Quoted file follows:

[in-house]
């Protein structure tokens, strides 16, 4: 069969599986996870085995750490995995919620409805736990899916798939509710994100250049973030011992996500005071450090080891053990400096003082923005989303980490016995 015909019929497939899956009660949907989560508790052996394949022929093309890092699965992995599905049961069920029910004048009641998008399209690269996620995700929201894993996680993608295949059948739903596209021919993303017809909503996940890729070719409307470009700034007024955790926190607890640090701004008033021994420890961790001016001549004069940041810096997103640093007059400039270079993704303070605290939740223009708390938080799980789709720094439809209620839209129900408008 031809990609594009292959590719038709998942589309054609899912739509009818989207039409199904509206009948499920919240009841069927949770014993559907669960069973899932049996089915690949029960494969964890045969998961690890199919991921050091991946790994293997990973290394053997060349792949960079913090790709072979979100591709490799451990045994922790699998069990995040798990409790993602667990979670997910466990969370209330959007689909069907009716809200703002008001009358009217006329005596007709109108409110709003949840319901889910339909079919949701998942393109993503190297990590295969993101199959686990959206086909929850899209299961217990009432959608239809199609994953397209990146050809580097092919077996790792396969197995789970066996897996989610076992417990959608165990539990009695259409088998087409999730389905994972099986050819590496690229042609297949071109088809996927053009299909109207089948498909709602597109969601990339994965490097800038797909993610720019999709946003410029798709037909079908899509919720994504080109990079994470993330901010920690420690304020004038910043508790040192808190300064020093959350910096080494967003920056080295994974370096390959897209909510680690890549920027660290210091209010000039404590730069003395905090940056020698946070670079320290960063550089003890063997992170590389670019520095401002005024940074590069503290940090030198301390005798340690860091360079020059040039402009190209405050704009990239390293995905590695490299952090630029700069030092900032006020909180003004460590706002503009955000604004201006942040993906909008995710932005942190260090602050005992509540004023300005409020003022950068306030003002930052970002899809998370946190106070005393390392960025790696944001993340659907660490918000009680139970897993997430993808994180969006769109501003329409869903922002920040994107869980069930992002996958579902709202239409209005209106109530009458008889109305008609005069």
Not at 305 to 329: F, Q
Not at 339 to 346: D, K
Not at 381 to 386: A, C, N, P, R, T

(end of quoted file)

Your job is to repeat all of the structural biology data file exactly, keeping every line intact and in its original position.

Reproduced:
[in-house]
């Protein structure tokens, strides 16, 4: 069969599986996870085995750490995995919620409805736990899916798939509710994100250049973030011992996500005071450090080891053990400096003082923005989303980490016995 015909019929497939899956009660949907989560508790052996394949022929093309890092699965992995599905049961069920029910004048009641998008399209690269996620995700929201894993996680993608295949059948739903596209021919993303017809909503996940890729070719409307470009700034007024955790926190607890640090701004008033021994420890961790001016001549004069940041810096997103640093007059400039270079993704303070605290939740223009708390938080799980789709720094439809209620839209129900408008 031809990609594009292959590719038709998942589309054609899912739509009818989207039409199904509206009948499920919240009841069927949770014993559907669960069973899932049996089915690949029960494969964890045969998961690890199919991921050091991946790994293997990973290394053997060349792949960079913090790709072979979100591709490799451990045994922790699998069990995040798990409790993602667990979670997910466990969370209330959007689909069907009716809200703002008001009358009217006329005596007709109108409110709003949840319901889910339909079919949701998942393109993503190297990590295969993101199959686990959206086909929850899209299961217990009432959608239809199609994953397209990146050809580097092919077996790792396969197995789970066996897996989610076992417990959608165990539990009695259409088998087409999730389905994972099986050819590496690229042609297949071109088809996927053009299909109207089948498909709602597109969601990339994965490097800038797909993610720019999709946003410029798709037909079908899509919720994504080109990079994470993330901010920690420690304020004038910043508790040192808190300064020093959350910096080494967003920056080295994974370096390959897209909510680690890549920027660290210091209010000039404590730069003395905090940056020698946070670079320290960063550089003890063997992170590389670019520095401002005024940074590069503290940090030198301390005798340690860091360079020059040039402009190209405050704009990239390293995905590695490299952090630029700069030092900032006020909180003004460590706002503009955000604004201006942040993906909008995710932005942190260090602050005992509540004023300005409020003022950068306030003002930052970002899809998370946190106070005393390392960025790696944001993340659907660490918000009680139970897993997430993808994180969006769109501003329409869903922002920040994107869980069930992002996958579902709202239409209005209106109530009458008889109305008609005069």
Not at 305 to 329: F, Q
Not at 339 to 346: D, K
Not at 381 to 386: A, C, N, P, R, T